Author: Lucy Piper
medwireNews: To prevent systemic lupus erythematosus (SLE) flare, tapering of corticosteroid or immunosuppressive therapy is best done when patients are in complete remission and have maintained stable disease for at least 6 months, say researchers.
They found that tapering rather than continuing therapy increased the risk of flare by a significant 24%. And if it was initiated when patients were in lupus low disease activity state (LLDAS) or clinical remission, the risk of flare in 1 year was a significant 37% and 45% greater, respectively, than if it was initiated during complete remission.
The results also indicated that patients who were in LLDAS, remission, or complete remission for between 6 and 12 months before taper were a significant 65% less likely to flare in 1 year than those who were stable only at the time of taper.
“Although our findings suggest that drug tapering in patients with SLE increased flares, we acknowledge that in practice, tapering is clinically appropriate in a subgroup of patients,” Jiacai Cho (National University Hospital, Singapore) and colleagues comment in The Lancet Rheumatology.
“The decision to taper should be tailored to individual patients, weighting the risk of flare versus treatment-related morbidity.”
The investigators conducted a large, multinational cohort study of 3002 adults with a median SLE duration of 8.0 years, who were receiving routine care and had attained stable disease at one or more visits. The majority were women (92.2%) and Asian (88.1%), and the median age was 39.5 years.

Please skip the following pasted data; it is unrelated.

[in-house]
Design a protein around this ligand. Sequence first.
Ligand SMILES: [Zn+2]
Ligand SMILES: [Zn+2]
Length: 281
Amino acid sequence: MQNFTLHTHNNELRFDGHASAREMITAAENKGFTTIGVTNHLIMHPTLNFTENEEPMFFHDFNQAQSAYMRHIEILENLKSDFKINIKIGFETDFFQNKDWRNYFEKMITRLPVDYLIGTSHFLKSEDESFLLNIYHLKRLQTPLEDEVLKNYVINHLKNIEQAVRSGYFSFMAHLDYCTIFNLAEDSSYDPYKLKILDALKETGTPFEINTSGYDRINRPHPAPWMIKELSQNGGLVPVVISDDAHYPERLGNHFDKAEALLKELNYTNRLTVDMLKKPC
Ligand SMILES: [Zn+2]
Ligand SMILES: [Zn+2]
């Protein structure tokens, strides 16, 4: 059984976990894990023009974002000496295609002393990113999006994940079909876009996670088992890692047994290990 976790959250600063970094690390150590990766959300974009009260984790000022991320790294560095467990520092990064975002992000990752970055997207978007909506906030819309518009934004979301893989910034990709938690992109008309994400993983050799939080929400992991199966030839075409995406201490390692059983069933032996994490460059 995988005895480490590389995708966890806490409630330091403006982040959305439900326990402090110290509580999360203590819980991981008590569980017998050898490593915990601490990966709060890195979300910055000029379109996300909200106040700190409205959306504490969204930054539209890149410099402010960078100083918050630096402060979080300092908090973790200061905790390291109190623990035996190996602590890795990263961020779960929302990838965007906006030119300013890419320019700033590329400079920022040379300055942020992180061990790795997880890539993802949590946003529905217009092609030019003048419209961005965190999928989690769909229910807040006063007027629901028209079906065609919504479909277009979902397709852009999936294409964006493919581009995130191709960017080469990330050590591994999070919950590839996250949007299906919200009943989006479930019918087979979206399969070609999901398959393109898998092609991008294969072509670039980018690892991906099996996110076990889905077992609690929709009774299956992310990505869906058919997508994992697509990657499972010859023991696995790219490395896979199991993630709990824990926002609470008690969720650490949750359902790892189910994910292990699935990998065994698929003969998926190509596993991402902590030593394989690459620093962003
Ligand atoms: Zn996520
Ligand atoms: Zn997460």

More than half of the patients had stable disease at the start of the study, with 26.6% in LLDAS (SLE Disease Activity Index 2000 [SLEDAI-2K] score ≤4, Physician Global Assessment [PGA] ≤1 and prednisolone ≤7.5 mg/day). A further 16.7% were in clinical remission (clinical SLEDAI-2K score 0, PGA <0.5, prednisolone ≤5.0 mg/day), and 15.6% in complete remission (clinical and serological SLEDAI-2K score 0, PGA <0.5, prednisolone ≤5.0 mg/day).
Corticosteroids were the most common treatment, used by 76.2% of patients, followed by antimalarials by 72.9%, and immunosuppressants by 54.3%.
Over a median follow-up of 3.2 years, tapering of treatment occurred at 3277 visits and the rate of flare at the next visit was 17.0%, of which 21.5% were severe flares. This compared with a flare rate of 11.4% (19.7% severe) following 9863 visits in which patients continued the same therapy.
Most tapering attempts were made when the patients were in LLDAS (41.1%), with 28.4% and 30.5% made when patients were in clinical remission or complete remission, respectively.
Multivariable analysis showed that patients whose treatment was tapered in LLDAS or remission were 24% and 30% more likely to flare before those who were in complete remission when their treatment was tapered, after adjusting for location, number of tapering attempts, number of visits per attempt and cumulative prednisolone dose.
Discussing the findings in a related comment, Yann Nguyen and Nathalie Costedoat-Chalumeau, both from Université Paris Cité in France, say: “The tiny absolute increased risk of SLE flare following tapering is most probably counterbalanced by the decreased risk of prolonged treatment and its resulting damage, which was not addressed in this study but is extremely relevant.”
They believe that there is a “place for tapering strategies” and these should be optimized to minimize the risk for flare. The commentators also highlight the importance of including patients in the decision to taper treatment.
“The goals, modalities, expected benefits, and risks of such a strategy should be clearly explained, so that patients can be empowered to contribute actively to their own care,” they say.
Nguyen and Costedoat-Chalumeau also recommend that “[u]nless clearly contraindicated, all patients with SLE should be treated with hydroxychloroquine to reduce the risks not only of flare, but also comorbidities, damage, and mortality.”
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This independent news story was supported by an educational grant from L’Institut Servier, Suresnes, France.
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